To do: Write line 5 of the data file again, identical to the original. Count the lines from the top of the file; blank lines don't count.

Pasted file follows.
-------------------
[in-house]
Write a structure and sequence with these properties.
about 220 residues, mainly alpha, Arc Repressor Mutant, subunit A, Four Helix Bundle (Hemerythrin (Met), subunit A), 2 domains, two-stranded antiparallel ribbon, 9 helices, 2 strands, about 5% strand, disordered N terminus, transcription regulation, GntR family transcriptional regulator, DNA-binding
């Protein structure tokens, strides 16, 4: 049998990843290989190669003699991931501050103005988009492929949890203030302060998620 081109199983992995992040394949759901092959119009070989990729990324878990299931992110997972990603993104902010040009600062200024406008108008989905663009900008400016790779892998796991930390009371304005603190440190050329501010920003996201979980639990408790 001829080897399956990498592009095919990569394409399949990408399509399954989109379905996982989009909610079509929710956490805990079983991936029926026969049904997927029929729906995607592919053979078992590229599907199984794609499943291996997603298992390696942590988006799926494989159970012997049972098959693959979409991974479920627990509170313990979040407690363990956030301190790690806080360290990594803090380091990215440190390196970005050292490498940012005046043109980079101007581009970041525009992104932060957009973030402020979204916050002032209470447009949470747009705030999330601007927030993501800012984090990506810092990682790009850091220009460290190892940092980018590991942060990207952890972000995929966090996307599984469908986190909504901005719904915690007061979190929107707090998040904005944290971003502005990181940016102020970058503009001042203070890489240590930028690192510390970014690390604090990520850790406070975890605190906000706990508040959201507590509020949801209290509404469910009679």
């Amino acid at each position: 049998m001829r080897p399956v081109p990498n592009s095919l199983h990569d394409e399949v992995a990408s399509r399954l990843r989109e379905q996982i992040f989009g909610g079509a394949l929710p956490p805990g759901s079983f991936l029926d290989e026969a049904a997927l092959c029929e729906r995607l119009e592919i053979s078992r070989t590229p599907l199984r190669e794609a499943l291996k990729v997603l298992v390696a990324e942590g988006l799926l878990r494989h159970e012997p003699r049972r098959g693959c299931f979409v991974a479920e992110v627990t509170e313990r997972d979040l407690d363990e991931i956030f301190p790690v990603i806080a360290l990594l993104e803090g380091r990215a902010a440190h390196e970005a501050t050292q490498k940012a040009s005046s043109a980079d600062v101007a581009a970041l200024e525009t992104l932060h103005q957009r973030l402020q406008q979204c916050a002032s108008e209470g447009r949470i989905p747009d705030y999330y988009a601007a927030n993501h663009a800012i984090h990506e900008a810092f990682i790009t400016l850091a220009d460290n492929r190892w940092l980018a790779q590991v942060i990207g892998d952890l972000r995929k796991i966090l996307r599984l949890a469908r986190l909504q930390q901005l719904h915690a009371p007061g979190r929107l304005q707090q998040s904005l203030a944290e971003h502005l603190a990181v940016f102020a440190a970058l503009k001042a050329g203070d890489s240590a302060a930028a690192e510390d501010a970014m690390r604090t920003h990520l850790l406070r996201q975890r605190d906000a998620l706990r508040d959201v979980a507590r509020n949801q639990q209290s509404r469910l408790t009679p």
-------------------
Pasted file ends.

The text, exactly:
């Amino acid at each position: 049998m001829r080897p399956v081109p990498n592009s095919l199983h990569d394409e399949v992995a990408s399509r399954l990843r989109e379905q996982i992040f989009g909610g079509a394949l929710p956490p805990g759901s079983f991936l029926d290989e026969a049904a997927l092959c029929e729906r995607l119009e592919i053979s078992r070989t590229p599907l199984r190669e794609a499943l291996k990729v997603l298992v390696a990324e942590g988006l799926l878990r494989h159970e012997p003699r049972r098959g693959c299931f979409v991974a479920e992110v627990t509170e313990r997972d979040l407690d363990e991931i956030f301190p790690v990603i806080a360290l990594l993104e803090g380091r990215a902010a440190h390196e970005a501050t050292q490498k940012a040009s005046s043109a980079d600062v101007a581009a970041l200024e525009t992104l932060h103005q957009r973030l402020q406008q979204c916050a002032s108008e209470g447009r949470i989905p747009d705030y999330y988009a601007a927030n993501h663009a800012i984090h990506e900008a810092f990682i790009t400016l850091a220009d460290n492929r190892w940092l980018a790779q590991v942060i990207g892998d952890l972000r995929k796991i966090l996307r599984l949890a469908r986190l909504q930390q901005l719904h915690a009371p007061g979190r929107l304005q707090q998040s904005l203030a944290e971003h502005l603190a990181v940016f102020a440190a970058l503009k001042a050329g203070d890489s240590a302060a930028a690192e510390d501010a970014m690390r604090t920003h990520l850790l406070r996201q975890r605190d906000a998620l706990r508040d959201v979980a507590r509020n949801q639990q209290s509404r469910l408790t009679p």